Bentley crossed the border from Russia into the Donetsk People’s Republic in December and quickly found a spot in the Russian-backed Vostok battalion. He was skeptical he would survive his first winter fighting at the front, and after his first six months at the front he redirected his efforts from armed combat to propaganda, declaring in a YouTube video, “My words are my bullets now, and they have a range that goes all the way around the world.” 

As the years ticked by, the range of Bentley’s words was severely limited: he was banned from Twitter, Facebook, and YouTube. He turned to Telegram to disseminate his content, amassing some 22,000 followers there, and posted prolifically on VKontakte, a Russian social media site. He became a valuable player in the propaganda space, as there are few Americans (and even fewer Texans) who are willing to support Putin’s view of the world so unfailingly. He regularly appeared on Russian news programs, shot footage himself around Donetsk, was a frequent commentator on fringe vlogs and podcasts, and even spoke in Moscow last December at an event celebrating “the real heroes of modern Russia.” “Heading west with the Liberators of Ukraine. We may stop in Kiev, we may stop on the English Channel. We may liberate the USA,” Russell wrote on VKontakte in February 2022, four days after the start of Russia’s invasion of Ukraine. He later wrote that “[t]he only cure for the US government is fire.”

In 2023, Bentley served as an official correspondent for Sputnik, a Russian state-owned news agency. In March, in one of his final videos for the outlet, he invited viewers along with him as he went to vote for Putin at a polling place in Donetsk. “I’ve come to do my civic duty . .  .to vote for the real democracy of the Russian Federation,” he says, pointing out his paper ballot and the clear ballot box as indicators of the fairness of the process, which was viewed by the outside world as a sham election

In his almost ten years in Donetsk, Bentley became a local celebrity, and he also was widely known in Russia itself, aided in part by his magnetic personality and a creative streak. His folk song, “Sweet Home Novorossiya,” which he sings in English and Russian, played on the radio there.

Donetsk is a real cool city,
And you know, it’s my new home. 
My brothers here—they’re cool and heavy, 
And we’re all loved by the finest girls, oh yeah! 
Sweet home, Novorossiya,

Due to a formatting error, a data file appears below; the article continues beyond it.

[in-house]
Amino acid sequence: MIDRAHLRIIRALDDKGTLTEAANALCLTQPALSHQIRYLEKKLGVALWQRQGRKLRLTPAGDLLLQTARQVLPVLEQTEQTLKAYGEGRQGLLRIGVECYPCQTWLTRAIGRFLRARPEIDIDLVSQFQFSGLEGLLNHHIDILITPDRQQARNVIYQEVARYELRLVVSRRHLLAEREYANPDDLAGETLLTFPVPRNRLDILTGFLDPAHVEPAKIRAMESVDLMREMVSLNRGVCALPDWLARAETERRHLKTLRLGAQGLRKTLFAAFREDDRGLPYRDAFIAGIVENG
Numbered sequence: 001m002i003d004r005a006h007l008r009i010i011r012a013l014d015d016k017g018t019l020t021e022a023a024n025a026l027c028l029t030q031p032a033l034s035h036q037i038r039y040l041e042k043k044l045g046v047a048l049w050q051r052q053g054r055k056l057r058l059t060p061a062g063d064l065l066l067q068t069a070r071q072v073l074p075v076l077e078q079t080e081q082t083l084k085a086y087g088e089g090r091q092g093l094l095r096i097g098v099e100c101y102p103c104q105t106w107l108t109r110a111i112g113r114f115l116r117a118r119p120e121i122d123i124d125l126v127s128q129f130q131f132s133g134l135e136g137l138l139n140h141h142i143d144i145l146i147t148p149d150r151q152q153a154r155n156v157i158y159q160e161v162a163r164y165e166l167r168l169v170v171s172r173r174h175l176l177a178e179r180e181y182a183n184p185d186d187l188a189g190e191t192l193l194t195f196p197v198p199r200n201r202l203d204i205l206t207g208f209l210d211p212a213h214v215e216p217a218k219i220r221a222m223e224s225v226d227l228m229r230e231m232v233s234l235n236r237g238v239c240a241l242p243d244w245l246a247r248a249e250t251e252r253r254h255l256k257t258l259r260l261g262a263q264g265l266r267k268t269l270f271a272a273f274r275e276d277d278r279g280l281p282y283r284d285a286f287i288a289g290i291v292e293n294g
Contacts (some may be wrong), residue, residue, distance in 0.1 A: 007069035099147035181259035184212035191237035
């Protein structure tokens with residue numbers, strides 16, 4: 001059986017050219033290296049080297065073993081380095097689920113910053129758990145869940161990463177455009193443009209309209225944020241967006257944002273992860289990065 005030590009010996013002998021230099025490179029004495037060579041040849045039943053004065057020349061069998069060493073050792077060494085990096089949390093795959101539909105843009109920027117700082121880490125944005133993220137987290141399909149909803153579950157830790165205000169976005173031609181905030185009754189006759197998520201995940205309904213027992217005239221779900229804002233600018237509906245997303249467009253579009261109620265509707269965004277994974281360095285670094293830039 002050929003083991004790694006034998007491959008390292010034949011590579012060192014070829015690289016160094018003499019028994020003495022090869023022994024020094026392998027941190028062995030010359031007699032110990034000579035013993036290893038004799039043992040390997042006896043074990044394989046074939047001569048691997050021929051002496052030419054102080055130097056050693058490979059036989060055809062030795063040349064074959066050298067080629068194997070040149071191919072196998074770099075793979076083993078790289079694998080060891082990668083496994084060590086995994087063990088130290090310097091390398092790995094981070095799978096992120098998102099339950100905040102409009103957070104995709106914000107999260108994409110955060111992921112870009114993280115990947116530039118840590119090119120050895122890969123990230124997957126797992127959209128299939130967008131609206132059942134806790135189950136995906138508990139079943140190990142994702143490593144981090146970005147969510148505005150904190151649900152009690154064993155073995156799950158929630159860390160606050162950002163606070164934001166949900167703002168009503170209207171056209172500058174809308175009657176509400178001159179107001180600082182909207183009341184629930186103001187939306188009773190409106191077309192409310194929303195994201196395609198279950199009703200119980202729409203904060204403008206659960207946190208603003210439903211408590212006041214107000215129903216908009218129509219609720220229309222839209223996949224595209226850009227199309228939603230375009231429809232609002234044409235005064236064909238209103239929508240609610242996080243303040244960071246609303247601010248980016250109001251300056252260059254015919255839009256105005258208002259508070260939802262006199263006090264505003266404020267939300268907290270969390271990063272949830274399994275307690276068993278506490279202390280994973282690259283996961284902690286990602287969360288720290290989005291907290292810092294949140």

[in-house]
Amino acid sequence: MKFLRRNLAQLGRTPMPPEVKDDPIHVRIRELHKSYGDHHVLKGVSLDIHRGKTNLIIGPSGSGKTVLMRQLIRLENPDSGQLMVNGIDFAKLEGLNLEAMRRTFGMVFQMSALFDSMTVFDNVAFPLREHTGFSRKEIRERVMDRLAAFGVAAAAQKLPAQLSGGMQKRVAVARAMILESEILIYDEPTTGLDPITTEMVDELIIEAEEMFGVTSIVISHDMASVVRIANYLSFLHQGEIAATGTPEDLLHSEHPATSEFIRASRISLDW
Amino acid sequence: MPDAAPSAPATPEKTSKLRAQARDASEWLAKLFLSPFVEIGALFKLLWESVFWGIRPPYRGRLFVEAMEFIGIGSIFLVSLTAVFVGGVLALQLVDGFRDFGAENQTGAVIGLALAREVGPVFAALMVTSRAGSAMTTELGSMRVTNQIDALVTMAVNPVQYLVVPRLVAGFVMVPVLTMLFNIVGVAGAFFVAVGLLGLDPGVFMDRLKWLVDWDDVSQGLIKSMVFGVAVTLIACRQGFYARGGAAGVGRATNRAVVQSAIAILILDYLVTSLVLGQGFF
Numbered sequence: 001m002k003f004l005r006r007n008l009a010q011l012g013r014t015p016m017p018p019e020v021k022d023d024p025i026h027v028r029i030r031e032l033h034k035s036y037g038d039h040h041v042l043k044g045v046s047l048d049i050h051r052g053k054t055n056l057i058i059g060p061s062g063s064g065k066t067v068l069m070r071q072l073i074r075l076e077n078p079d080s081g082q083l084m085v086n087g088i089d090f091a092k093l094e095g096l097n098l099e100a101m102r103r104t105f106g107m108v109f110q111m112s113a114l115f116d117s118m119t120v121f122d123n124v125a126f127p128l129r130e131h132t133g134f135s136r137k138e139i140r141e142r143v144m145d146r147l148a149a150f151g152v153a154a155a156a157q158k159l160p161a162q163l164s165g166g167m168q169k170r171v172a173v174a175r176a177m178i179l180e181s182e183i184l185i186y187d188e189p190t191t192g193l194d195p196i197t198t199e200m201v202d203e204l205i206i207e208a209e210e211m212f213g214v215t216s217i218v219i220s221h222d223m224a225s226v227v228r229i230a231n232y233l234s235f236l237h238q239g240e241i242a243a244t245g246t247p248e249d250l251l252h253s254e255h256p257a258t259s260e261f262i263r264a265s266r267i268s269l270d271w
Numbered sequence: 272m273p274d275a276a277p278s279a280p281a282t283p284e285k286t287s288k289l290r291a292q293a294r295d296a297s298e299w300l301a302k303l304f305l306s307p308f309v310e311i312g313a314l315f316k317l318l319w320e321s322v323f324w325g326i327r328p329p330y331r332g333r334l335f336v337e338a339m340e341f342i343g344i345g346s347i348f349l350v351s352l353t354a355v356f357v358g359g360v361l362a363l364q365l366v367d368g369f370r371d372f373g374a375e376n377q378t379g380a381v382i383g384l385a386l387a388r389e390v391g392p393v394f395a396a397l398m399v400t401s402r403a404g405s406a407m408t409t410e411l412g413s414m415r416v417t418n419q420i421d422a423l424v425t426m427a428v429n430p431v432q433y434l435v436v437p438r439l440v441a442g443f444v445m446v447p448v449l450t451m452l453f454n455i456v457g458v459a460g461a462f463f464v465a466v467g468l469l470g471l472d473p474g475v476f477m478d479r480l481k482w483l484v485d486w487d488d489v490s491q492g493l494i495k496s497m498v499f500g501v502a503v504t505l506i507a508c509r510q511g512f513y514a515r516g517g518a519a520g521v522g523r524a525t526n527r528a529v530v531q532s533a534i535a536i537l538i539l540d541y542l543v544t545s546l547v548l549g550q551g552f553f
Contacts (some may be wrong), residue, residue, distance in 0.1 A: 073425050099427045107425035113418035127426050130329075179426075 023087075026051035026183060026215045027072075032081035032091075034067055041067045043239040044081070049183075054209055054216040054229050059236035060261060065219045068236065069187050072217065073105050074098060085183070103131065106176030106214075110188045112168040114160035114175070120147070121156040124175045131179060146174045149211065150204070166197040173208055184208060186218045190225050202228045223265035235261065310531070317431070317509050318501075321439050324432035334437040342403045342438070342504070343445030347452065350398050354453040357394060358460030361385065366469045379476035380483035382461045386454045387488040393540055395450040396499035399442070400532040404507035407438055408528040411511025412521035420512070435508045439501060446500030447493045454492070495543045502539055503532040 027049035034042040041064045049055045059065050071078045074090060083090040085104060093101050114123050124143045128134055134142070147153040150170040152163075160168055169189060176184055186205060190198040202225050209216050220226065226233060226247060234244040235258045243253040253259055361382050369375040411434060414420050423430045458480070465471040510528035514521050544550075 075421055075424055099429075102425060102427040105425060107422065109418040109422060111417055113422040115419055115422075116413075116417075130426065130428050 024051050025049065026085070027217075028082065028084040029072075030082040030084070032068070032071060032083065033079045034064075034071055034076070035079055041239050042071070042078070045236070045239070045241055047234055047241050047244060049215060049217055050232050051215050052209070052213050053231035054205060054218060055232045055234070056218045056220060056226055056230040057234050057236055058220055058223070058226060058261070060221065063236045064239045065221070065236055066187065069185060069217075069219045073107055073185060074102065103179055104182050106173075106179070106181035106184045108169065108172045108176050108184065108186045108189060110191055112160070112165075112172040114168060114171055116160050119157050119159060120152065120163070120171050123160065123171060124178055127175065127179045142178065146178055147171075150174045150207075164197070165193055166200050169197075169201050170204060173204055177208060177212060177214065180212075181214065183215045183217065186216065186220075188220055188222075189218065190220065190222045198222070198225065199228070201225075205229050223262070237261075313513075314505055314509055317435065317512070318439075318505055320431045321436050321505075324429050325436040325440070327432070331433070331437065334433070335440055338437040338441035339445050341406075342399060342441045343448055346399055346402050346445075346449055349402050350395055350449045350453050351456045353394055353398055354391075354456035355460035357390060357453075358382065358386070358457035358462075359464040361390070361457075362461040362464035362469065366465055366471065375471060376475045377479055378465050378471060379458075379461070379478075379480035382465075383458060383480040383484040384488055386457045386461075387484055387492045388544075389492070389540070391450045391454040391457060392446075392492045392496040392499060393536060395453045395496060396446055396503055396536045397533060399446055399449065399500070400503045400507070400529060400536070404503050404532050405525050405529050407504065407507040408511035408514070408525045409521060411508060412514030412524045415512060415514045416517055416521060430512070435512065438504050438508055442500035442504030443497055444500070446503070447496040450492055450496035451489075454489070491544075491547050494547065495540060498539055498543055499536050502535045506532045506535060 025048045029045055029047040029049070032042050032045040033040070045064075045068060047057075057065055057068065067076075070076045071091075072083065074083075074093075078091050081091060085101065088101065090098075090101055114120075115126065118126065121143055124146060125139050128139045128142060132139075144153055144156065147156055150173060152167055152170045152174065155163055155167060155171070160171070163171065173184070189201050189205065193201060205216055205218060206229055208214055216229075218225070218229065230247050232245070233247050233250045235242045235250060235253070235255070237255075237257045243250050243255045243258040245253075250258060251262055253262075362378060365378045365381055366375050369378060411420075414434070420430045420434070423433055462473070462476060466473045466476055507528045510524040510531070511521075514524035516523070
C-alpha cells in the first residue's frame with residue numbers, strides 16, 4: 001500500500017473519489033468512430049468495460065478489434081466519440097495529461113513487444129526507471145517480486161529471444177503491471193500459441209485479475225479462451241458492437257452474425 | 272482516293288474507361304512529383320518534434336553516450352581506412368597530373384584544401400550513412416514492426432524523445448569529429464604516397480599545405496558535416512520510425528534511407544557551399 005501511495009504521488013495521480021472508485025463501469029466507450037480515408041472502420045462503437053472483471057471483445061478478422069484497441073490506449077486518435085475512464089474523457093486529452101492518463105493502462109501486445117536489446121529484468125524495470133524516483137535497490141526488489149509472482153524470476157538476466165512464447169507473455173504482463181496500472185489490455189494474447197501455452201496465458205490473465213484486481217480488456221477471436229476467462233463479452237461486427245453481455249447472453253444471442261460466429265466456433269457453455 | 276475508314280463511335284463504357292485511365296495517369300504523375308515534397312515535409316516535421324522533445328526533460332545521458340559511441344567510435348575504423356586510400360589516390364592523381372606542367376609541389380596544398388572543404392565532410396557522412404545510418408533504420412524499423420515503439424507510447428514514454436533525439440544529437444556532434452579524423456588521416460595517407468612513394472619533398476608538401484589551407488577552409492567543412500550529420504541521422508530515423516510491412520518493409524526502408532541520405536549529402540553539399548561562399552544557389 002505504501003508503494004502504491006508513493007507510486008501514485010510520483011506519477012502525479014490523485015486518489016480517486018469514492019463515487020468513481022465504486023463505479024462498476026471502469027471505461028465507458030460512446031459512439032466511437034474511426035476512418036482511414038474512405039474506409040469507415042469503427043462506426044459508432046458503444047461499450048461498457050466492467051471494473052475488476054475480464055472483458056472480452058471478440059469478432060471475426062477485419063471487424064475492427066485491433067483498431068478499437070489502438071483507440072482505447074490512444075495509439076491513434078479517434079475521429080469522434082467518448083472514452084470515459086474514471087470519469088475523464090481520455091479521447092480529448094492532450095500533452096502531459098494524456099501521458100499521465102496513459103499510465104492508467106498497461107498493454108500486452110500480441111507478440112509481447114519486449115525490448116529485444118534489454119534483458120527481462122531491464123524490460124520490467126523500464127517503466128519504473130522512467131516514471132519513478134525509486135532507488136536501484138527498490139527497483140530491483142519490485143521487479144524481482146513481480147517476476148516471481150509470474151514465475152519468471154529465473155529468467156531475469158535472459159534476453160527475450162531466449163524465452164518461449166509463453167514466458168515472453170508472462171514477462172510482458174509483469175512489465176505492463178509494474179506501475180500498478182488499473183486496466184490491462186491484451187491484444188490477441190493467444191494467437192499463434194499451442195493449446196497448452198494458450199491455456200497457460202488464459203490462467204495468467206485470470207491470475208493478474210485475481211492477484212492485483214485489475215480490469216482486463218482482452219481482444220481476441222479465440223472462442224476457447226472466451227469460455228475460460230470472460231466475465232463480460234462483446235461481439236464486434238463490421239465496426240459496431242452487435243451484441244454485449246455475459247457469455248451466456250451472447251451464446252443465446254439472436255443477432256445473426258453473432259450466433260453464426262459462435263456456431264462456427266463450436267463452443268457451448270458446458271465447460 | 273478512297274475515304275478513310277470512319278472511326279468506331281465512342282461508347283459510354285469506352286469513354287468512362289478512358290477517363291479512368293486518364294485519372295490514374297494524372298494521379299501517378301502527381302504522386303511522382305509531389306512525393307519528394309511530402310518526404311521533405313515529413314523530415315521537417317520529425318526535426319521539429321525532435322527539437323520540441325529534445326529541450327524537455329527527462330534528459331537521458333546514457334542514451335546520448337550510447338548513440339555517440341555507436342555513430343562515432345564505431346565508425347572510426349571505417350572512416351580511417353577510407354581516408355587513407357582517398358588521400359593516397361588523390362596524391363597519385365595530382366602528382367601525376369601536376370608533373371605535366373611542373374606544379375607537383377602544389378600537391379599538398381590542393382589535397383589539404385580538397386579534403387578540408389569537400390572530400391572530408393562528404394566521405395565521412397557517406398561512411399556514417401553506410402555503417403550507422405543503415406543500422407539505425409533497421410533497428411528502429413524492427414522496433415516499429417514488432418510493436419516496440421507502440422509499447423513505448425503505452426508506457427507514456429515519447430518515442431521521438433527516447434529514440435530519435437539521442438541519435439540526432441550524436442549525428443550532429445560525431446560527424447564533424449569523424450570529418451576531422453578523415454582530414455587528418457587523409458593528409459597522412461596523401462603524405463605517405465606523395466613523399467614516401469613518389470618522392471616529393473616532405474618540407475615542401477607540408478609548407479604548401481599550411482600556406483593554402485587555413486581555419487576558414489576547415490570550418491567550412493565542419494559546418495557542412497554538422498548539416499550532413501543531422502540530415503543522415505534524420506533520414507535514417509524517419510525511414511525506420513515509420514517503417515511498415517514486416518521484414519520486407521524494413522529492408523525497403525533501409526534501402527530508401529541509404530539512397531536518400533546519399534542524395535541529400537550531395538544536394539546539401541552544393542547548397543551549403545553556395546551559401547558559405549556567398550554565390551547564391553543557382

Donetsk, Lugansk . . . Slavyansk! 
Gorlovka, Saur-Mogila, 
From Kharkov to Odessa—this is our motherland! 

Clips from Russell and Lyudmila’s 2017 wedding made their way onto prime-time state television throughout Russia. But he achieved his viral breakthrough with the broader world in March 2022, when he, wearing a leather jacket and a gray Lenin cap, appeared near the front line accompanying a battalion as they pressed south from Donetsk toward Mariupol a few days after the start of Russia’s full-scale war against Ukraine. Speaking in front of a column of tanks spray painted with Zs—a Russian military symbol used to indicate support for the war against Ukraine—Bentley appeared jubilant. “This is Tejas on the front line with the de-Nazifiers and the liberators of Ukraine. . . . These guys are gonna save and liberate all the good people in Ukraine and the bad people, boom, kick their ass,” he said, kicking the air behind him for dramatic flourish. The video amassed more than a million views on Bentley’s YouTube channel before it was taken down.  

Bentley’s apparent murder has enraged Russian military bloggers and others who knew him. “TEXAS HAS BEEN MURDERED! LIKE THEY KILLED MANY OF OUR BROTHERS! AS THEY KILLED PRIGOZHIN AND ALL THOSE WHO SPEAK THE TRUTH AND HONESTLY STAND UP FOR RUSSIA!” Yegor Guzenko, a former Russian soldier turned military blogger, posted on his Telegram channel. He called for the killers to be held to account. “LET THEM SHOW THOSE WHO KILL THEIR OWN! SHOW THEM TO THE PEOPLE!” 

Alexander Korobko, a producer of an upcoming Al Jazeera documentary about Russell titled A Diary of a Fighter, came to consider him a dear friend. (Bentley was slated to attend the film’s premiere in Doha, Qatar, this June.) Korobko, the coauthor of a biography of Putin published in 2012, told me he first met Bentley in 2018 when he was in Donetsk filming a documentary with American actor Peter von Berg. “I didn’t characterize Russell according to his political agenda. I looked at him the way Leo Tolstoy taught us to look at people at war—the human side. I saw a great character,“ he said. “For me his strength lay not in his being political, but in his almost universal empathy.”

Bentley seemed to have found a sense of purpose and peace in Donetsk. “I have a small house with a big garden,” he shared in many recent interviews, calling his adopted city “the coolest, most beautiful place I have ever been.” Part of that purpose, as he understood it, included the likelihood of an early death. “I came here to give my life to a cause,” Bentley told me in 2017 as we sat in one of his favorite bars in Donetsk. “I didn’t think I would be famous or any of that, I never expected that, but I hope that what I have done can be a lesson and an example. Courage is the key to happiness.”